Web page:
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A Multimodal Microvascular Imaging System for the Rodent Dorsal Skinfold Window Chamber: Development, Validation and Application


Port wine stains (PWS) are congenital vascular malformation of the skin that occur in 3-4 infants

per 1000 live births. A major factor that contributes to treatment failures of Port wine stain

(PWS) birthmarks is reperfusion of photocoagulated blood vessels due to wound healing

response. The study of physiological processes that govern the microvasculature plays a major

role in our ability to discover solutions toward enhancement of the current treatments to port

wine stain and many other diseases. The functionality of microvasculature and their response to

external influences is difficult to assess with the traditional analysis techniques such as histology.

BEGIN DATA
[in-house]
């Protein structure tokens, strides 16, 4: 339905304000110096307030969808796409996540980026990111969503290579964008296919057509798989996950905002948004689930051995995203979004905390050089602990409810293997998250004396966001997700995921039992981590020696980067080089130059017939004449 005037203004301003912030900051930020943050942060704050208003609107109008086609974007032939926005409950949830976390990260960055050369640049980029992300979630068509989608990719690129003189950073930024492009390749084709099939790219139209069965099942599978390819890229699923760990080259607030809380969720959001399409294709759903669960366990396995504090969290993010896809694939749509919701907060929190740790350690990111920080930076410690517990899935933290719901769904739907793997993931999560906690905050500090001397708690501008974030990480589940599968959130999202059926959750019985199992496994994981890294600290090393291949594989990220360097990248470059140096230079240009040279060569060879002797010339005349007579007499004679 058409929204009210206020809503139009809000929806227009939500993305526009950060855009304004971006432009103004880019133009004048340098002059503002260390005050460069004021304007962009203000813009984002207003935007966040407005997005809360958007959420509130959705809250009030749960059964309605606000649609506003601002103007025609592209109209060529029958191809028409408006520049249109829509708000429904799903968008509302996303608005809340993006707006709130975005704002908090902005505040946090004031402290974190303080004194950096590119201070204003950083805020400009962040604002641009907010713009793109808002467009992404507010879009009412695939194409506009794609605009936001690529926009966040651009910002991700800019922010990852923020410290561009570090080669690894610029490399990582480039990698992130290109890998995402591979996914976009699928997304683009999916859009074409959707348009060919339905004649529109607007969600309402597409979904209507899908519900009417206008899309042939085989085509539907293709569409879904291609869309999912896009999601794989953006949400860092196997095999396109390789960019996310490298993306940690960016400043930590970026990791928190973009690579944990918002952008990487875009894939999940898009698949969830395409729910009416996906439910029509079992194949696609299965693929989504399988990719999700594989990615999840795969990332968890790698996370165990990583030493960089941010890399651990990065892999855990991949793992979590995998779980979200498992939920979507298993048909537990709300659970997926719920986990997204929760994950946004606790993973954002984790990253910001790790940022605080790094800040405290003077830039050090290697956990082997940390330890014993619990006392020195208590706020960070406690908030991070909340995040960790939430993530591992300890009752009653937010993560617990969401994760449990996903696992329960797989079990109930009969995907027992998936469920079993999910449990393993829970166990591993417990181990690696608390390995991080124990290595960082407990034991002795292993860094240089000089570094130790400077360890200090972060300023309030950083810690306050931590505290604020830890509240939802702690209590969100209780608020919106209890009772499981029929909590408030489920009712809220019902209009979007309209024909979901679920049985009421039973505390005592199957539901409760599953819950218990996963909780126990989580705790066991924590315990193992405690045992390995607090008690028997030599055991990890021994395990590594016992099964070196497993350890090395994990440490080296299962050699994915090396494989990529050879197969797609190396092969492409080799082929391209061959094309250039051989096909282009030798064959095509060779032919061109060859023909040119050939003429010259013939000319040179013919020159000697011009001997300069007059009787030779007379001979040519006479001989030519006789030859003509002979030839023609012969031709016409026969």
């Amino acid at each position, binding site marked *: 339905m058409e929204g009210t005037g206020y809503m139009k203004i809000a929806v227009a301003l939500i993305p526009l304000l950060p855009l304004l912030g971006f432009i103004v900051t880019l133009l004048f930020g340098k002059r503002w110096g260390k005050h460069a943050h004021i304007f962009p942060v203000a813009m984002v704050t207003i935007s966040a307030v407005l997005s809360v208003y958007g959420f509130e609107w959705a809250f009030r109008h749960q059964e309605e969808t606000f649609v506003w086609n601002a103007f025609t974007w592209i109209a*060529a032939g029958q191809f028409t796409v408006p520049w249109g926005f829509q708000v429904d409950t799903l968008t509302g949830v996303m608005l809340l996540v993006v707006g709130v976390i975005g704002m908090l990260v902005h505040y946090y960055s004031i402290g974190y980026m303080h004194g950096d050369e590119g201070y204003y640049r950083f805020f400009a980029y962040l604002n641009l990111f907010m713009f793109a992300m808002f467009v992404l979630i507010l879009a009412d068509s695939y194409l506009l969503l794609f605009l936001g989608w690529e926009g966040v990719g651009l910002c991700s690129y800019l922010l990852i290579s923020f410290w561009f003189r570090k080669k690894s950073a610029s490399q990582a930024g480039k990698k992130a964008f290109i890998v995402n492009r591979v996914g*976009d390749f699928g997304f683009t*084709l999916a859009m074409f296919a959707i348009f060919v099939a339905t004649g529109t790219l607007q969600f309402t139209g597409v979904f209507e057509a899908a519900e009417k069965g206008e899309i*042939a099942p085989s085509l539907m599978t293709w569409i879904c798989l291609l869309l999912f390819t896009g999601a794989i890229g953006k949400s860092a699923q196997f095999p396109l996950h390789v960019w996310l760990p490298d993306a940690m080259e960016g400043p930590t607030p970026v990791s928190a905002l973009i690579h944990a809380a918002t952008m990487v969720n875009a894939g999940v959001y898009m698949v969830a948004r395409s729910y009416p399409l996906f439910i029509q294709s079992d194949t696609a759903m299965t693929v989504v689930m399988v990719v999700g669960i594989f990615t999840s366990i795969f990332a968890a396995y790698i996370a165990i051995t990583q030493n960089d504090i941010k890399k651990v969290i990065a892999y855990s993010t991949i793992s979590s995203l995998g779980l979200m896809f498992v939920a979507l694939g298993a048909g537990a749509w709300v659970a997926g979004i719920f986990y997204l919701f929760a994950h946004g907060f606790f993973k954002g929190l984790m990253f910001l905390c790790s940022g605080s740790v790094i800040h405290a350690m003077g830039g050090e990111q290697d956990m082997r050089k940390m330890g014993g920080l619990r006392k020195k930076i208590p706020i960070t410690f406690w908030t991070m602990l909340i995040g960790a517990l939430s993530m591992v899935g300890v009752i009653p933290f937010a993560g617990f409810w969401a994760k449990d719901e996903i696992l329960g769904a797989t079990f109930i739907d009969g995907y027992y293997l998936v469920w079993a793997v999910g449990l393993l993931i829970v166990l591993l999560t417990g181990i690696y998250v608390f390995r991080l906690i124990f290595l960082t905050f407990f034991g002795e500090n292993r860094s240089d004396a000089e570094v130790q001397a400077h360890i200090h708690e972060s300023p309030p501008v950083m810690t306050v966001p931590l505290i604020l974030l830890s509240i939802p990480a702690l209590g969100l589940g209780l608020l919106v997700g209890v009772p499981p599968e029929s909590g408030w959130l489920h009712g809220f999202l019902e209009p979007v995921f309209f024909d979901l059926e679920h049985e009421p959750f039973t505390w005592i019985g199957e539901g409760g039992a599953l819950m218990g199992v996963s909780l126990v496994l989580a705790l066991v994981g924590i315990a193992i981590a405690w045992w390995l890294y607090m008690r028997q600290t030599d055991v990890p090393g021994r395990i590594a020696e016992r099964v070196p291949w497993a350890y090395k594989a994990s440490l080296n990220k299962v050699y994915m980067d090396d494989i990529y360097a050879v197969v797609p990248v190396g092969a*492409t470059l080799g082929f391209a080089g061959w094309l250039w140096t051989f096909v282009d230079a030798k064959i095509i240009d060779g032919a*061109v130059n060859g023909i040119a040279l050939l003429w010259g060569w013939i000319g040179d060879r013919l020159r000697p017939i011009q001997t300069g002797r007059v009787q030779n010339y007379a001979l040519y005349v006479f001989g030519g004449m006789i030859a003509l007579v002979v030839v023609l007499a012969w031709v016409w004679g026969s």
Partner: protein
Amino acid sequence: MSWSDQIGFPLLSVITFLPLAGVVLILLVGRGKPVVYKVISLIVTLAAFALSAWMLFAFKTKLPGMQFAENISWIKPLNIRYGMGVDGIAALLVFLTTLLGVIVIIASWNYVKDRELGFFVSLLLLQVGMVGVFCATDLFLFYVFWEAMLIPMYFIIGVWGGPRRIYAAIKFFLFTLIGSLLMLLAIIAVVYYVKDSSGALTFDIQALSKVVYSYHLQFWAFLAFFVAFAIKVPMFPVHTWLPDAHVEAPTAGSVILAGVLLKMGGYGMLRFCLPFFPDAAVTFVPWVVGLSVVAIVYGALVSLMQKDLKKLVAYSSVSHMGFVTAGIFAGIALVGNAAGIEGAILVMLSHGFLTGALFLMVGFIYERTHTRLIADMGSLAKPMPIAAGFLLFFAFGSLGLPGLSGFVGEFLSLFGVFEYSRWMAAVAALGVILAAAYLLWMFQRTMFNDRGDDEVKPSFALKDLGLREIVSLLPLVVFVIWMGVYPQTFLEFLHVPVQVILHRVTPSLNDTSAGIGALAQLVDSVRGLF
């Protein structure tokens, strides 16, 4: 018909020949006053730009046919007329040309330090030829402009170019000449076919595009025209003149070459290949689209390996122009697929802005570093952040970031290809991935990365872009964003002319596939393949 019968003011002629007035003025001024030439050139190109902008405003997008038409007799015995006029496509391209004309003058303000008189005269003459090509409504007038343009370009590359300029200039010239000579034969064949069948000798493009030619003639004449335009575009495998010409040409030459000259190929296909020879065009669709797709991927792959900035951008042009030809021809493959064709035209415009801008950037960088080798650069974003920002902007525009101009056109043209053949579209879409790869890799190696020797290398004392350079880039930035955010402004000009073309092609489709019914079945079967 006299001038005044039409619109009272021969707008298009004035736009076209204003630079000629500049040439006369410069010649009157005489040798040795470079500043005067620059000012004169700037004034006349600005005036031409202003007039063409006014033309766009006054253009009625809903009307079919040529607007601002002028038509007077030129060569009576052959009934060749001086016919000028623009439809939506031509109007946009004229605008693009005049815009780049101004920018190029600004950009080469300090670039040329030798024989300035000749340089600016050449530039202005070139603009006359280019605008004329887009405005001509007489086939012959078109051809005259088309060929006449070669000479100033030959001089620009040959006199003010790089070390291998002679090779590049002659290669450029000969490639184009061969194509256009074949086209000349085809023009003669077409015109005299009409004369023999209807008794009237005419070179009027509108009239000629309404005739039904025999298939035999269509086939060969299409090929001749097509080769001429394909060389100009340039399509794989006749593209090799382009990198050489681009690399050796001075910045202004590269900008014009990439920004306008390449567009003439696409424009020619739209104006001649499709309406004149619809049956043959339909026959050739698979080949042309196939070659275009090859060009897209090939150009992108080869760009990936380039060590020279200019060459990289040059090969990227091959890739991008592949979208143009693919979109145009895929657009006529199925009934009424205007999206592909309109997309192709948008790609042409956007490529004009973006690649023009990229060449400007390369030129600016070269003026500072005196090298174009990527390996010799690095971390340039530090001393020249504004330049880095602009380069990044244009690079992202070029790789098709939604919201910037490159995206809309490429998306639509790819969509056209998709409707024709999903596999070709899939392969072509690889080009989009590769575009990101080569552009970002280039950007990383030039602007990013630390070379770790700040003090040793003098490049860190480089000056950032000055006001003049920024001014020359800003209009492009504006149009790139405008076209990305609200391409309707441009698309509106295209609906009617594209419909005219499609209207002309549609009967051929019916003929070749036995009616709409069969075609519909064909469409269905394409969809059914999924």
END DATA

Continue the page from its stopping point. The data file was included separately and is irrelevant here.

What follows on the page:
The work described in this thesis aims to provide a microvascular optical functional imaging

solution specifically designed for use with the rodent dorsal window chamber models.

Our microvascular imaging system was designed to obtain images with three different imaging

modes: Laser speckle imaging (LSI), Multispectral Imaging/Oxygenation imaging (MSI/O2I)

and Fluorescence imaging (FI). Each of these imaging techniques provides information about the

different aspects of microvessels. LSI is utilized to measure the relative changes in blood flow,

MSI enables computation of hemoglobin saturation maps, and FI highlights biochemical

processes active in a subject. Our analysis showed that the developed imaging system that

combines different imaging techniques could be used as a valuable tool to assess the behavior of

microvessels over time in response to external factors.

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